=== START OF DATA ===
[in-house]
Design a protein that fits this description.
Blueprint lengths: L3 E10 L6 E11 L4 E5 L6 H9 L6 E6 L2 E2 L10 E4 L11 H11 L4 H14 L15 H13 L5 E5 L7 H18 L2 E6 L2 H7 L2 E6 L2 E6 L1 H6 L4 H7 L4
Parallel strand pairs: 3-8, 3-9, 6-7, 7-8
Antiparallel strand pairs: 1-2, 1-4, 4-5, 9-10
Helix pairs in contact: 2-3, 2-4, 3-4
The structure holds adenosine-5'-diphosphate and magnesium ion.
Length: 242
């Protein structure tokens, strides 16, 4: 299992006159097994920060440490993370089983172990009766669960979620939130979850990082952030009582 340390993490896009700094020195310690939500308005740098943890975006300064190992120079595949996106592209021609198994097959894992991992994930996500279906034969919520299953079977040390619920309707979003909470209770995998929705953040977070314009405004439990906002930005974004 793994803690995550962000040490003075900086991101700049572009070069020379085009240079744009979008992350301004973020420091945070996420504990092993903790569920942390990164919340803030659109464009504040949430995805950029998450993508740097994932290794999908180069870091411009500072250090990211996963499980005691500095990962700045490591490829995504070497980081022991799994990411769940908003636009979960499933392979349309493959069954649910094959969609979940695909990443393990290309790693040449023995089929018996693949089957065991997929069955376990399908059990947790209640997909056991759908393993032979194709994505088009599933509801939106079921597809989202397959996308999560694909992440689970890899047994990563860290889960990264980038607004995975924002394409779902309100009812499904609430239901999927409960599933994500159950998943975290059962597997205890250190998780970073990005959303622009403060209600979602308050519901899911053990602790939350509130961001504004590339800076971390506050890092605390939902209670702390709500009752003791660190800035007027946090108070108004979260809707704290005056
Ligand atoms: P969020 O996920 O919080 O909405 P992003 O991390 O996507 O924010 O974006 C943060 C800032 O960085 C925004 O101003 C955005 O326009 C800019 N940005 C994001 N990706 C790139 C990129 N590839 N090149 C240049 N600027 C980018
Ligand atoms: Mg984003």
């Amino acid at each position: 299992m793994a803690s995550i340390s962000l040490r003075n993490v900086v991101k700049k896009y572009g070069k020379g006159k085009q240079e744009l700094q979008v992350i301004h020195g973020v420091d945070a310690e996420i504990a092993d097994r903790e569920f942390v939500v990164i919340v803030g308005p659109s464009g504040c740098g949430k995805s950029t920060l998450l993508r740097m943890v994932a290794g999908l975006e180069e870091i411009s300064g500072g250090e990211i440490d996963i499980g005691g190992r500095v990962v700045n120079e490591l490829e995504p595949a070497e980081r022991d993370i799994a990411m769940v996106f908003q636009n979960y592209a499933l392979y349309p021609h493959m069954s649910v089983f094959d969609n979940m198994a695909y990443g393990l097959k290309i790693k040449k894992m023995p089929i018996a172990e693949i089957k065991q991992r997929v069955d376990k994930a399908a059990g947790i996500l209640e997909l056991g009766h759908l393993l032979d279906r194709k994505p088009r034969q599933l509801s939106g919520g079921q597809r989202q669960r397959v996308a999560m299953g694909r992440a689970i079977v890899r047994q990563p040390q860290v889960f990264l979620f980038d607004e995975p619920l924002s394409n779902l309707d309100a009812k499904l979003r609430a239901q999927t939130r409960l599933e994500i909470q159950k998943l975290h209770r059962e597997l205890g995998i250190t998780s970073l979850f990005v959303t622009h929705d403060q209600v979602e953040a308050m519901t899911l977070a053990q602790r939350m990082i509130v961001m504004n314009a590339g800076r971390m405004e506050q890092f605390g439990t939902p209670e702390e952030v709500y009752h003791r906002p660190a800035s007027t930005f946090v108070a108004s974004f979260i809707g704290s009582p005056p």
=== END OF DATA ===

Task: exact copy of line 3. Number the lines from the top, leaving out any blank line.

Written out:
Blueprint lengths: L3 E10 L6 E11 L4 E5 L6 H9 L6 E6 L2 E2 L10 E4 L11 H11 L4 H14 L15 H13 L5 E5 L7 H18 L2 E6 L2 H7 L2 E6 L2 E6 L1 H6 L4 H7 L4